Climate Scientists Urged To Be More Honest About Uncertainties

  • Date: 09/06/15
  • Tom Bawden, The Independent

Climate change scientists must be more honest about the limits of their knowledge and uncertainty around predictions if they are to win the trust of the public, according to a new report.

Scientists are under increasing pressure to communicate their research more clearly, to galvanise politicians into taking decisive action to combat climate change, and to help promote their universities.

They are also keen to make their findings meaningful to a public which feels alienated from much climate change research, which is largely abstract and concerned with developments that often lie decades in the future, said Dr Gregory Hollin, of the University of Nottingham.

But this increases the temptation to gloss over any uncertainties in research – an urge they should resist if they don’t want to lose credibility, his report says. And while referencing recent events such as floods and heatwaves can make climate change seem more tangible, they are much less scientifically certain as evidence.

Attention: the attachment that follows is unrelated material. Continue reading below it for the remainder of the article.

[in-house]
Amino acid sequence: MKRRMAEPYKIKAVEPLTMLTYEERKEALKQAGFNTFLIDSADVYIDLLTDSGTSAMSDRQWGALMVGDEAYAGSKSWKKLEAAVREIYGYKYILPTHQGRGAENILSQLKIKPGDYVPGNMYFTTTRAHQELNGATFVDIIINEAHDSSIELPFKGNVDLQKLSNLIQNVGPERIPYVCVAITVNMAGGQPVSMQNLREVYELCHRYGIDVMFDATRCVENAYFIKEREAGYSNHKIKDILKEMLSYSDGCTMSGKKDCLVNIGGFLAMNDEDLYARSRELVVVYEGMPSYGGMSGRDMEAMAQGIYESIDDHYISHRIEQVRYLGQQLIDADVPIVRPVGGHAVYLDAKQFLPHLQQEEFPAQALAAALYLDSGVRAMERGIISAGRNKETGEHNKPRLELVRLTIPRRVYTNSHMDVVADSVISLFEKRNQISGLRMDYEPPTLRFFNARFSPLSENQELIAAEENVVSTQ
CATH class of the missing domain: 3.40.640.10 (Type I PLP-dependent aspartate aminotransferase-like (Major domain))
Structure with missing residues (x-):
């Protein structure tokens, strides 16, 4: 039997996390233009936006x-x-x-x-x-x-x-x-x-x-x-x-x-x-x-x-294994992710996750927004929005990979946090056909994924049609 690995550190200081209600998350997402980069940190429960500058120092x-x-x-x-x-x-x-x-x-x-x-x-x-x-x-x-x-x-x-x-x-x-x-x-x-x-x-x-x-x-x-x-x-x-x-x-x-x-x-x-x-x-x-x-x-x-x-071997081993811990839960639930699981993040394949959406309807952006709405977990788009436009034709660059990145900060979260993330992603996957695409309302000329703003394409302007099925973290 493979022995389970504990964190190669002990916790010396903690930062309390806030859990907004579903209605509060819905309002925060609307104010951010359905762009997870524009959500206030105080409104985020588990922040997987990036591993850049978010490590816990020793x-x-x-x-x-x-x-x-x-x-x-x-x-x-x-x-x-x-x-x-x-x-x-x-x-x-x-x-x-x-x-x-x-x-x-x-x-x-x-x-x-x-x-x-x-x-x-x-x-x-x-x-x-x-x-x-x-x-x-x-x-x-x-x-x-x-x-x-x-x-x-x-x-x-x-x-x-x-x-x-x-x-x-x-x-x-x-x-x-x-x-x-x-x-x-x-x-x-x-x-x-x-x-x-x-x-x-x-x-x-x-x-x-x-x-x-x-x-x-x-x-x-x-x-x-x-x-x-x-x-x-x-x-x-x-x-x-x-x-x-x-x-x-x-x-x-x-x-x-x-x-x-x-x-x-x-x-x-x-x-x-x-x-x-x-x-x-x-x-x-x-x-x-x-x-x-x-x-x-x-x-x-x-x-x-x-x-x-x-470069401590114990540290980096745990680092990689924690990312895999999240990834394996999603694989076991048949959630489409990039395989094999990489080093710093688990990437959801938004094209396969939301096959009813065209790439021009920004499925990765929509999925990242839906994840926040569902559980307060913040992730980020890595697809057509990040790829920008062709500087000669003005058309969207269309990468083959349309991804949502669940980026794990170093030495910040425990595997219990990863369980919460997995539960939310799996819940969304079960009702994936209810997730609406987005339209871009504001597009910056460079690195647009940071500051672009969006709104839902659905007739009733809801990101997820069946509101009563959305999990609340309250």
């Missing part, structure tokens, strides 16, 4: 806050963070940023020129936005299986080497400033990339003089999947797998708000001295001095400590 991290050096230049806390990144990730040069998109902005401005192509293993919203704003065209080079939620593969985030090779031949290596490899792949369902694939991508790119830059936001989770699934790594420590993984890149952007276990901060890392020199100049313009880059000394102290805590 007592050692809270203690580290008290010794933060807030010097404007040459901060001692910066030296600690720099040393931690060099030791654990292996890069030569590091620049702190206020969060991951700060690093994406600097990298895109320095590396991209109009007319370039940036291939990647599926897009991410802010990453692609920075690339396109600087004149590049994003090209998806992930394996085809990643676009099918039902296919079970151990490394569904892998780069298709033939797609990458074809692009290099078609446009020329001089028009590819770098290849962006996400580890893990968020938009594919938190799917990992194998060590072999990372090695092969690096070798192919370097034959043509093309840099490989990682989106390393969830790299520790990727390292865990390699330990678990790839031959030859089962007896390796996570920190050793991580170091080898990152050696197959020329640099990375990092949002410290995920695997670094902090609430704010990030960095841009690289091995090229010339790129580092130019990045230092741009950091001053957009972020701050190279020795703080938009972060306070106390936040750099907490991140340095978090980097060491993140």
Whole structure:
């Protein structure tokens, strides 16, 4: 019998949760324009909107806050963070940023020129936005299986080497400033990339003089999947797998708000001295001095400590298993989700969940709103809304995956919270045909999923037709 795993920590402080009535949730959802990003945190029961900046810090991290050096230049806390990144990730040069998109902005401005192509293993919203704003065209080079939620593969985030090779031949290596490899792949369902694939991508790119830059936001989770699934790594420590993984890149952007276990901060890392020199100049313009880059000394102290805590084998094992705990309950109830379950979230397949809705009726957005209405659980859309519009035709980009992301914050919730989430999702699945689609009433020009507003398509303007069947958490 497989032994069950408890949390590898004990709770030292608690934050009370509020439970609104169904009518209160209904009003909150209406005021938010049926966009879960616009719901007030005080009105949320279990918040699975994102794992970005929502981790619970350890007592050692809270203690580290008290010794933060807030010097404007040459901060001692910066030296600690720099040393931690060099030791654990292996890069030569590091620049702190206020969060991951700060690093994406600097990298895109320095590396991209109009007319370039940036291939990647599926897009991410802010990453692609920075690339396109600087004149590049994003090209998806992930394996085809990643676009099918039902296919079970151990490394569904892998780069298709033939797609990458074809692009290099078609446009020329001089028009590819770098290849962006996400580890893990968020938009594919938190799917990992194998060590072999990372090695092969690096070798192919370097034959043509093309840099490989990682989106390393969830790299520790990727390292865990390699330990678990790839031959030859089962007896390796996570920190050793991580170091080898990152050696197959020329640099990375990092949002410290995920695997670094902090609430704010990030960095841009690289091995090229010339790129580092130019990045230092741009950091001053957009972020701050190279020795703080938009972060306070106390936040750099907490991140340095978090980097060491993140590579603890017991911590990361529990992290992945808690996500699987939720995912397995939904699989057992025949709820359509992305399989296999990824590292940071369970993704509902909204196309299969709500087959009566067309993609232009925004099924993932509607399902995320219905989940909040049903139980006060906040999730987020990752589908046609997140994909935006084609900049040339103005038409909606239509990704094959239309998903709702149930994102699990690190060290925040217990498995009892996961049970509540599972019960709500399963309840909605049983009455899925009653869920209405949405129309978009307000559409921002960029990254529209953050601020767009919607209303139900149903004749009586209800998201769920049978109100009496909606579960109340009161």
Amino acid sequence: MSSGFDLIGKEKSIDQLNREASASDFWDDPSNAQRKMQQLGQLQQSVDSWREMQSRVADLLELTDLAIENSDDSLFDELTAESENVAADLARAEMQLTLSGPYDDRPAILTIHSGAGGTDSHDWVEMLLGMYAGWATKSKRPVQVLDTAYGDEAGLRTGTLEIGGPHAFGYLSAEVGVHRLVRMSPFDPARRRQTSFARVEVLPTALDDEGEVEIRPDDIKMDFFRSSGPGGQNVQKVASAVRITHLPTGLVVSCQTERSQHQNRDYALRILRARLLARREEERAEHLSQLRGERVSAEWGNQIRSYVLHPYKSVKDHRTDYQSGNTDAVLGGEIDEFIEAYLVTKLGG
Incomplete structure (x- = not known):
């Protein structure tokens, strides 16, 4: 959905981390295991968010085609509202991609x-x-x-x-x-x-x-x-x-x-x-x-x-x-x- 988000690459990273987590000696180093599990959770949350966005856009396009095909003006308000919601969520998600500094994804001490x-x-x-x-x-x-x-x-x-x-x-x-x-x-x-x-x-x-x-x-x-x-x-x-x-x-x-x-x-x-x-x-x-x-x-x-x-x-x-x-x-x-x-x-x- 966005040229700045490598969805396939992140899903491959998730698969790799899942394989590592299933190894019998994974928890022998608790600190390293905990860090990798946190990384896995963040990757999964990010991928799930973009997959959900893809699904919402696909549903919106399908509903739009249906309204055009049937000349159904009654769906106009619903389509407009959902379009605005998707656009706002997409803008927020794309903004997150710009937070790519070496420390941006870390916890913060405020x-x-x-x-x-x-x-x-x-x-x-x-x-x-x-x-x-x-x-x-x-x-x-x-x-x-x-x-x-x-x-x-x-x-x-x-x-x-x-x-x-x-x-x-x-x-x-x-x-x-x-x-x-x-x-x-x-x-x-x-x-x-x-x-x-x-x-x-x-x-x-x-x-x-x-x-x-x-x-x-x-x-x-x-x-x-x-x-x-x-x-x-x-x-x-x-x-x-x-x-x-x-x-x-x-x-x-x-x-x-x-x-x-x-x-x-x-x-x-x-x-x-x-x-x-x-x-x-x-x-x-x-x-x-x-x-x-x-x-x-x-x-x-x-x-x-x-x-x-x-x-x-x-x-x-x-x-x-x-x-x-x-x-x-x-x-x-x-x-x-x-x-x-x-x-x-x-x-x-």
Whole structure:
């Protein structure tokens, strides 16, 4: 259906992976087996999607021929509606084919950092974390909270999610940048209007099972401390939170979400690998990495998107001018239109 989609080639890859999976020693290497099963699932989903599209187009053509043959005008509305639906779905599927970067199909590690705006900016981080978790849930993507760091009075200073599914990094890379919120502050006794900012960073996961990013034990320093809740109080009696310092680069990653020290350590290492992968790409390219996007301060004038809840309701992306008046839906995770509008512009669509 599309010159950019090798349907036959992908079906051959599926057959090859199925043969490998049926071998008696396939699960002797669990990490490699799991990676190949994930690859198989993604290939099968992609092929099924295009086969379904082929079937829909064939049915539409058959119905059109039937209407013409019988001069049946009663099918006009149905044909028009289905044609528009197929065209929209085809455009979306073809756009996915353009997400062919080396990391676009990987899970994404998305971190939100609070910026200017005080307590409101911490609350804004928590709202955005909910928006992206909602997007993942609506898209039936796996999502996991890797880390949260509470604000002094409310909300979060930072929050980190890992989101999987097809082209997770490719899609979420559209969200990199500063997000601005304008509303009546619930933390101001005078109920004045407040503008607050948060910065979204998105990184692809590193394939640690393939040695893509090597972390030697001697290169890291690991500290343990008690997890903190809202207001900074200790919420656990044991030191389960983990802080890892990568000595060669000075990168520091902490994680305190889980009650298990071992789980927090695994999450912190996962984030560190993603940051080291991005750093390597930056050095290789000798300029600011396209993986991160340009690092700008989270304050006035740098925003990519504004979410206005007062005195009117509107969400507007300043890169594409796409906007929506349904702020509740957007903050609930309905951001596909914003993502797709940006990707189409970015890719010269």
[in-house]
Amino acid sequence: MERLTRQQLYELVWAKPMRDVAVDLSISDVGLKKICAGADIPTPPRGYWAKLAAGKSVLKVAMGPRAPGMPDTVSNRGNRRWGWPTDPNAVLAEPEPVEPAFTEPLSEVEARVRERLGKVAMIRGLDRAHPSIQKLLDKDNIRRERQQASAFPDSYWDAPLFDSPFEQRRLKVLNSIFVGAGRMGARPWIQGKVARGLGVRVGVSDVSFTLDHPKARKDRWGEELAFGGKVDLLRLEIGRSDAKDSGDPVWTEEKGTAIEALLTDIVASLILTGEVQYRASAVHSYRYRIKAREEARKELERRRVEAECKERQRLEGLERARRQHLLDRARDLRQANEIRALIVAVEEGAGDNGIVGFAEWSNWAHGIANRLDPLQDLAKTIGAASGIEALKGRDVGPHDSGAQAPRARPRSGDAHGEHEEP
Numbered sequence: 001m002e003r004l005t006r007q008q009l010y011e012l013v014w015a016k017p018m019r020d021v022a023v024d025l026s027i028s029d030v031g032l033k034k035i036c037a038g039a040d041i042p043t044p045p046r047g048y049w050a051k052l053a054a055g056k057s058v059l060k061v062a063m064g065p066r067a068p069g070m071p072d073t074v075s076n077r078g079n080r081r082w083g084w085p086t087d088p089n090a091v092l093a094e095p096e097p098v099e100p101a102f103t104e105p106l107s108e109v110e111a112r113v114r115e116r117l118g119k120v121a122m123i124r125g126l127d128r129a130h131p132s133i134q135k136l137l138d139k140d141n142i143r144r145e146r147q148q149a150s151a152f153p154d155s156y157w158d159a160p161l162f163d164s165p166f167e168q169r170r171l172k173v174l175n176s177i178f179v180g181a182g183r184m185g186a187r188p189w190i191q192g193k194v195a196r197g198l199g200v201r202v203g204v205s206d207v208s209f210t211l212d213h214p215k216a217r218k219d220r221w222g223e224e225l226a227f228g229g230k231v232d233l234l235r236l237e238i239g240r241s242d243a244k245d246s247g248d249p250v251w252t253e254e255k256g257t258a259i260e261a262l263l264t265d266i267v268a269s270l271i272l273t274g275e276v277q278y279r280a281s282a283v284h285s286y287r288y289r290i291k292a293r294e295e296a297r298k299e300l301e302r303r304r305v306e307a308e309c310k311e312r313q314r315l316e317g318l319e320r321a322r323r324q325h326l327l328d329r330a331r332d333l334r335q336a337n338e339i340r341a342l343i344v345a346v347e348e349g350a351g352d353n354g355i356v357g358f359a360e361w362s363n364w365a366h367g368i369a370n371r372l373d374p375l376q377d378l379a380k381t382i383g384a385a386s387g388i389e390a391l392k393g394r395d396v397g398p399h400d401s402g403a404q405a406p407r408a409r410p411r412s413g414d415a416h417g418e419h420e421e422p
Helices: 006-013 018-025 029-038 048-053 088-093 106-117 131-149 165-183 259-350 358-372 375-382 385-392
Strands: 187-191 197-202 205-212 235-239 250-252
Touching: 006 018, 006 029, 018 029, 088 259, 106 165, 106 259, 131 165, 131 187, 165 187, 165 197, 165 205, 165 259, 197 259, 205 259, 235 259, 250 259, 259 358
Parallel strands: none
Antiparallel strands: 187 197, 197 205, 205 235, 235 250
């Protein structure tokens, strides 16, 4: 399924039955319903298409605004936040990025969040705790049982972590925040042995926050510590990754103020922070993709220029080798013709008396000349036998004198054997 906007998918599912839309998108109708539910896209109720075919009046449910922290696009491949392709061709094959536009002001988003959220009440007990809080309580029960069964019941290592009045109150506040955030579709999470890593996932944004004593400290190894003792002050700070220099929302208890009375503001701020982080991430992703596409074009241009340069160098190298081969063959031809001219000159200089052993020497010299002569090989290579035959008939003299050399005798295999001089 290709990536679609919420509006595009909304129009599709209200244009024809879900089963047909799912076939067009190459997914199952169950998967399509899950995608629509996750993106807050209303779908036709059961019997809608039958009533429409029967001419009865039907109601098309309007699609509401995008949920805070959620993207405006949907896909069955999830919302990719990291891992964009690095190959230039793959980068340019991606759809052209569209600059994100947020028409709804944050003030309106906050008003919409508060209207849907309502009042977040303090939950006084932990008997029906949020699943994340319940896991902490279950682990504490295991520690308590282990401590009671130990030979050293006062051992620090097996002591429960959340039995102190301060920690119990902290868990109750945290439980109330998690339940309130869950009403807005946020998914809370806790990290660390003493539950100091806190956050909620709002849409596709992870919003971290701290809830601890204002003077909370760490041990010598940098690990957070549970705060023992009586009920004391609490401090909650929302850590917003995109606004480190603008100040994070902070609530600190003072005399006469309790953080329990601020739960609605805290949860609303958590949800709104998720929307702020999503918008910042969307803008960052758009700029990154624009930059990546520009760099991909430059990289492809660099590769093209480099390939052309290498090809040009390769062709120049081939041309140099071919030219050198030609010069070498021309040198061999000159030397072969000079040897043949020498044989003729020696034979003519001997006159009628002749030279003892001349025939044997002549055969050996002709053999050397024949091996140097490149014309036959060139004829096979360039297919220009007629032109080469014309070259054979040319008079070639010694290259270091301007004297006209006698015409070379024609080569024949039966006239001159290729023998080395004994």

“The most meaningful things are often the least certain things and so that potentially leads to difficulties because scientists are being asked to make their results really meaningful, while being incredibly certain. And there are instances when that leads to real tensions,” Dr Hollin told The Independent.

He acknowledged in some cases scientists are keen to play down uncertainties to limit the scope for climate sceptics to magnify their doubts and use it to attack research – but this approach makes the problem worse.The research, which Dr Hollin carried out with his colleague Dr Warren Pearce and is published in the journal Nature Climate Change, focused on a key press conference in 2013 when the UN Intergovernmental Panel on Climate Change unveiled its latest report.

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